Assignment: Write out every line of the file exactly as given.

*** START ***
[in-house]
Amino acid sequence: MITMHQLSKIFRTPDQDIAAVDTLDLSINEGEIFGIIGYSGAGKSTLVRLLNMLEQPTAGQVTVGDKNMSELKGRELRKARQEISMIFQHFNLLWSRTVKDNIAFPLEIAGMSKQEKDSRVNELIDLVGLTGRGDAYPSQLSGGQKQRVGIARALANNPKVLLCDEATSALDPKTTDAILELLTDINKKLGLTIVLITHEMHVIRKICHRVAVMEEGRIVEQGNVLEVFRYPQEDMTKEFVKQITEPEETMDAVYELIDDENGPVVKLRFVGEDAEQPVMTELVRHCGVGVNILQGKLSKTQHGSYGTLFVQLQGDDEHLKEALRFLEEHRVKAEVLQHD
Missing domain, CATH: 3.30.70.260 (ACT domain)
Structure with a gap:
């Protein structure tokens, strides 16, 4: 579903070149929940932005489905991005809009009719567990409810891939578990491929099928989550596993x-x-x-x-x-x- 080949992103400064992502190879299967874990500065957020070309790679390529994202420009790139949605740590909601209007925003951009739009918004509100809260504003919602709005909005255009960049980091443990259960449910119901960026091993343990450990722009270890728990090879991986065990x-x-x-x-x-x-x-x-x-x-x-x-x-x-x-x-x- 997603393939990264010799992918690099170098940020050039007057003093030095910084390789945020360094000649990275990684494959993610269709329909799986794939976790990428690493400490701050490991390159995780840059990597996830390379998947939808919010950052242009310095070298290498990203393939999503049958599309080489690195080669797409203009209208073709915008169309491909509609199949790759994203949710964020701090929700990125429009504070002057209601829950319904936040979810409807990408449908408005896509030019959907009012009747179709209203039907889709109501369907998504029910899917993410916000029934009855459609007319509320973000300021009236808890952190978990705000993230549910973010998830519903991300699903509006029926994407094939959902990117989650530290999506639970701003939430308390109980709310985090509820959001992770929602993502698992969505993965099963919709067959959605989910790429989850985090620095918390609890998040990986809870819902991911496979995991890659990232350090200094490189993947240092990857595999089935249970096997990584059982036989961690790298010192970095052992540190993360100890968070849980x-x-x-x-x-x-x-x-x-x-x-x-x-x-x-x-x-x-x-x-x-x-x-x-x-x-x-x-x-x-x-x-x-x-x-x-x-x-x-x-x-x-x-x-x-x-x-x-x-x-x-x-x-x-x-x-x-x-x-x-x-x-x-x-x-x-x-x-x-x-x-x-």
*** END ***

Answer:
[in-house]
Amino acid sequence: MITMHQLSKIFRTPDQDIAAVDTLDLSINEGEIFGIIGYSGAGKSTLVRLLNMLEQPTAGQVTVGDKNMSELKGRELRKARQEISMIFQHFNLLWSRTVKDNIAFPLEIAGMSKQEKDSRVNELIDLVGLTGRGDAYPSQLSGGQKQRVGIARALANNPKVLLCDEATSALDPKTTDAILELLTDINKKLGLTIVLITHEMHVIRKICHRVAVMEEGRIVEQGNVLEVFRYPQEDMTKEFVKQITEPEETMDAVYELIDDENGPVVKLRFVGEDAEQPVMTELVRHCGVGVNILQGKLSKTQHGSYGTLFVQLQGDDEHLKEALRFLEEHRVKAEVLQHD
Missing domain, CATH: 3.30.70.260 (ACT domain)
Structure with a gap:
């Protein structure tokens, strides 16, 4: 579903070149929940932005489905991005809009009719567990409810891939578990491929099928989550596993x-x-x-x-x-x- 080949992103400064992502190879299967874990500065957020070309790679390529994202420009790139949605740590909601209007925003951009739009918004509100809260504003919602709005909005255009960049980091443990259960449910119901960026091993343990450990722009270890728990090879991986065990x-x-x-x-x-x-x-x-x-x-x-x-x-x-x-x-x- 997603393939990264010799992918690099170098940020050039007057003093030095910084390789945020360094000649990275990684494959993610269709329909799986794939976790990428690493400490701050490991390159995780840059990597996830390379998947939808919010950052242009310095070298290498990203393939999503049958599309080489690195080669797409203009209208073709915008169309491909509609199949790759994203949710964020701090929700990125429009504070002057209601829950319904936040979810409807990408449908408005896509030019959907009012009747179709209203039907889709109501369907998504029910899917993410916000029934009855459609007319509320973000300021009236808890952190978990705000993230549910973010998830519903991300699903509006029926994407094939959902990117989650530290999506639970701003939430308390109980709310985090509820959001992770929602993502698992969505993965099963919709067959959605989910790429989850985090620095918390609890998040990986809870819902991911496979995991890659990232350090200094490189993947240092990857595999089935249970096997990584059982036989961690790298010192970095052992540190993360100890968070849980x-x-x-x-x-x-x-x-x-x-x-x-x-x-x-x-x-x-x-x-x-x-x-x-x-x-x-x-x-x-x-x-x-x-x-x-x-x-x-x-x-x-x-x-x-x-x-x-x-x-x-x-x-x-x-x-x-x-x-x-x-x-x-x-x-x-x-x-x-x-x-x-």